Look for the "Yes!"--as "no" can find you without any help!
Do you often find yourself locking into what is wrong about something rather than what is right? Both wrong and right are good to consider, certainly--however, what are you looking for? A way to say "yes" or a way to say "no"?
Looking for the "no" first is really fear-driven. From relationships to home-buying to weight loss, we often fear change and run for comfort, and we think saying "no" means we don't have to change. We can stay the same, and we tell ourselves that we'll certainly change later if only we can find the "right" person, item, or program we want. Really, however, none of these are the reason we stopped--we ran to "no" because we were more comfortable holding back and longing for the "right" item rather than risking to really achieve it, more comfortable living in a dreamland than trying to live our dream.
And it's not all in our control, nor should it be. Life-changing events can certainly be accidental or random: You might find oil on some property, inherit some wealth, or find love in the drive-thru, but those are stories of just a few people. The rest of us see those happy people and think that couldn't be us, even if we worked on success. And worked very hard. But why? Because we think luck is needed, and we say we aren't lucky. Or we don't have time, we don't know the right people, we aren't ready for the risk. We find the "no" without even asking the question. Without any consideration of a path that can really get us what we want.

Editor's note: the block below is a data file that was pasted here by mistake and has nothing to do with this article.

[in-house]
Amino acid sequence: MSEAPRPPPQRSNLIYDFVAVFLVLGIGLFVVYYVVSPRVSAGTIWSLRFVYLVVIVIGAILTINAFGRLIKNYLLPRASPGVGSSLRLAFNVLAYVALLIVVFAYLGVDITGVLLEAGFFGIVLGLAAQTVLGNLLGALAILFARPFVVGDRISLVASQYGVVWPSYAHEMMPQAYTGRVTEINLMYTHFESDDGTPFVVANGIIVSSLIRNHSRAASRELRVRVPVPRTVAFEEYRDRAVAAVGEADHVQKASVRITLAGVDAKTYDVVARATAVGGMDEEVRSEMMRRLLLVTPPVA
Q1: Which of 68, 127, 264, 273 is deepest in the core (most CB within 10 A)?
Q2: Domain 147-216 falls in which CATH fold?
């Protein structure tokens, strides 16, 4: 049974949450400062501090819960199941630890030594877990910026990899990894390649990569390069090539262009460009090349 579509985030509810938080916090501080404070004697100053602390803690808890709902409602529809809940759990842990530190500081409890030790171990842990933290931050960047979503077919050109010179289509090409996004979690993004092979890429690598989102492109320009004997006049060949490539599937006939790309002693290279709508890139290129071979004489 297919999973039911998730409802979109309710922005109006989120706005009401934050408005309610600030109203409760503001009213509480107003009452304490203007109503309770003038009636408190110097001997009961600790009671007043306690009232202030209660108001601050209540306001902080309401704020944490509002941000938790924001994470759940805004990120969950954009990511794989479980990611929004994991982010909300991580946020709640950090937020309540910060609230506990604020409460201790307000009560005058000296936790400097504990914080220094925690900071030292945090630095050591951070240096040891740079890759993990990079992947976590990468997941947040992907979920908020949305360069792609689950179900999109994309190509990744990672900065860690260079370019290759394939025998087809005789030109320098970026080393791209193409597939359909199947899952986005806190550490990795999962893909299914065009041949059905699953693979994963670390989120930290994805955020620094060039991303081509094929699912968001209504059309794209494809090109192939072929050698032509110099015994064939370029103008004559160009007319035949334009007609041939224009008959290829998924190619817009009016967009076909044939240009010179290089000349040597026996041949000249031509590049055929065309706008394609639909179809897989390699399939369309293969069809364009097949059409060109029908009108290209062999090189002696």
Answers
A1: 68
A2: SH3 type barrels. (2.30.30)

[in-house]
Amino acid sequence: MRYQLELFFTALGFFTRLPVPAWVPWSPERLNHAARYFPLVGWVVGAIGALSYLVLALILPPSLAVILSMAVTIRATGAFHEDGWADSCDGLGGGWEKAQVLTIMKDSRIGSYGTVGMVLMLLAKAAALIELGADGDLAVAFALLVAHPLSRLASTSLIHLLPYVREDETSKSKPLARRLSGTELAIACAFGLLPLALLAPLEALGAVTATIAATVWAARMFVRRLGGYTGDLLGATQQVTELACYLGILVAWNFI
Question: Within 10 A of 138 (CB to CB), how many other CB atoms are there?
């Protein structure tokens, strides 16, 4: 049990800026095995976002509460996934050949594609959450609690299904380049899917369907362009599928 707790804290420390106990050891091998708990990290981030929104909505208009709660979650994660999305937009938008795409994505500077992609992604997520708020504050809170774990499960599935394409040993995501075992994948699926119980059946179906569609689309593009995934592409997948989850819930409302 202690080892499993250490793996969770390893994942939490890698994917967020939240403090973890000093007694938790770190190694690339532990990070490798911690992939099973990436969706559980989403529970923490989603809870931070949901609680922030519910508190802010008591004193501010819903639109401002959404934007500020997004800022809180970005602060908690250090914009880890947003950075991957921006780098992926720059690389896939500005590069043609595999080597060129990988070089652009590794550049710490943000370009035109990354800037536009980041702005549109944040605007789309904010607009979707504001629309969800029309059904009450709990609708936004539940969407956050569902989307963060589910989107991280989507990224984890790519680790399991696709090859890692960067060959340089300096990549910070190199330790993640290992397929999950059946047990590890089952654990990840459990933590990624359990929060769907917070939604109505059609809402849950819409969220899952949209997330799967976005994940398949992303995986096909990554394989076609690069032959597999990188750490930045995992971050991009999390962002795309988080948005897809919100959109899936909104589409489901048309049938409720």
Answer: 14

Well, if you achieved the love of your life, you would have to risk the heartbreak of your life, correct? If you achieved the job of your life, you would have to leave the limited position you have now, right? If you achieved improvement in your health, you would have to abandon those comfortable habits and face some pain of self-denial, don't you see?
But all that is hard. And risky. And so we settle for the "no", and in fact we seek it. Because "no" is easy and risk-free, and it means we can continue doing what we do without change. This is a foolish proposition, however, because change is inevitable . For everyone, everywhere. Staying in place in anything eventually invites rust and decay, and that is just another type of change: comfortable change, gradual change, and certainly useless change. Which is another word for rot. Or roadkill.
So, choose instead to think differently! Since change is inevitable, anyway, no matter what we do, why not build your change on the "yes" rather than on the "no"? Risk achievement rather than accept decay?
That's right: Look for the "Yes!"--as "no" can find you without any help. You want to find it. Right?
by Keith Shetterly, Copyright 2005, 2012
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